Fergusson, Alexander (1746? 96)
A descendant of Annie Laurie, and the Laird of Craigdarroch. He was a lawyer, and a Justice of the Peace for Dumfries. A letter from Burns, written in the Globe Inn, October 1789, appeals to Fergusson to do something for 'poor Robie Gordon'. 'The hour is at hand when I must assume the execrable office of whipper-in to the blood hounds of Justice, and must, must let loose the ravenous rage of the carrion sons of b-tches on poor Robie. I think you can do something to save the unfortunate man, and I am sure, if you can, you will'. Burns's concern for Gordon contrasts with his attitude to Johnston of Mirecleugh under apparently similar circumstances. See Mitchell, John.
Fergusson married Deborah, daughter of Robert Cutlar, a merchant in Dumfries, through her inheriting the lands of Arroland, in Kirkcudbright. Fergusson was with the Grand Master Mason of Scotland on the occasion when the health of 'Caledonia, and Caledonia;s Bard, brother B---!' was toasted.
Fergusson, who was noted for his convivial habits was the winner of the contest which gave rise to Burns's racy ballad, 'The Whistle'.
This was a drinking contest that took place at Friar's Carse on 16th October 1789. 'the little ebony whistle' itself, according to Burns was supposed to have been brought over to Scotland by a 'matchless champion of Bacchus', who accompanied Anne, James VI's Danish queen. It was laid on the table before the start of a drinking orgy, and whoever was able to blow it after his companions were below the table, retained it as a trophy. The Dane lost it to Sir Robert Lawrie of Maxwelton, the Member of Parliament for Dumfriesshire, who in turn lost it to a member of the Riddell family. The competitors during the bout at which Burns was present were Sir Robert Lawrie, Robert Riddell and Fergusson of Craigdarroch, who blew the winning blast. John M'Murdo of Drumlanrig was the judge. The poet describes how the first two contestants withdrew, then:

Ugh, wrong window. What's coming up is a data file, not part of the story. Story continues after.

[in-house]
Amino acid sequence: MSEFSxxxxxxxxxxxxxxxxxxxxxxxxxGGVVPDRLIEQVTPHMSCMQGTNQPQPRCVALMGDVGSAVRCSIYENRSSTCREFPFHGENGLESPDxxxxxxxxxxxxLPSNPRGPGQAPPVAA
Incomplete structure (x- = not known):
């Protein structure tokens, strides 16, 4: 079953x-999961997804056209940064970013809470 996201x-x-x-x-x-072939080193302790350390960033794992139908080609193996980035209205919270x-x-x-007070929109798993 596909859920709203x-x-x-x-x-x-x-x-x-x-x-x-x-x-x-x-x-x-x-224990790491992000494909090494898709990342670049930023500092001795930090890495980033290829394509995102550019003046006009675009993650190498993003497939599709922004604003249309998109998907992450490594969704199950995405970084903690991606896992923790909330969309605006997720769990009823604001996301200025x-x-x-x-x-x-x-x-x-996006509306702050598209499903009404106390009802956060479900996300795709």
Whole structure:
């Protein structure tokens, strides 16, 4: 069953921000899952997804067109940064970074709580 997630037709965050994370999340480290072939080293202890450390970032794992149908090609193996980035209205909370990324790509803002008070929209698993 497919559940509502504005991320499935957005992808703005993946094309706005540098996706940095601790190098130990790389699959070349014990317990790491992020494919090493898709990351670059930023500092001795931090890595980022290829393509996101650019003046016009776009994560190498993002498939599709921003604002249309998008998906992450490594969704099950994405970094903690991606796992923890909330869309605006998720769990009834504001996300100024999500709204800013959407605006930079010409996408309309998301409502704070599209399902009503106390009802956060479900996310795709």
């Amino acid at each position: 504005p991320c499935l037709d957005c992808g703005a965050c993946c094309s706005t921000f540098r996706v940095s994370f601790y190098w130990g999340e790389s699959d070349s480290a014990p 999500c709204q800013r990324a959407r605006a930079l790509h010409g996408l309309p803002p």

"Next uprose our Bard, like a prophet in drink
Craigdarroch, thou'lt soar when creation shall sink!
But if thou would flourish immortal in rhyme,
Come one bottle more and have at the sublime!"
Craigdarroch drank 'upwards of five bottles of claret'.
William Hunter, one of the servants at Friar's Carse, later testified that: 'When the gentlemen were put to bed, Burns walked home, without any assistance, not beng the worse of drink': yet one more piece of evidence that Burns, in an age when excessive drinking was common, was not himself a heavy drinker. Chambers points out that in James VI's reign there was no Sir Robert Lawrie of Maxwelton. However, he says: 'The story had probably some such foundation as that described, though Burns's dates are wrong.'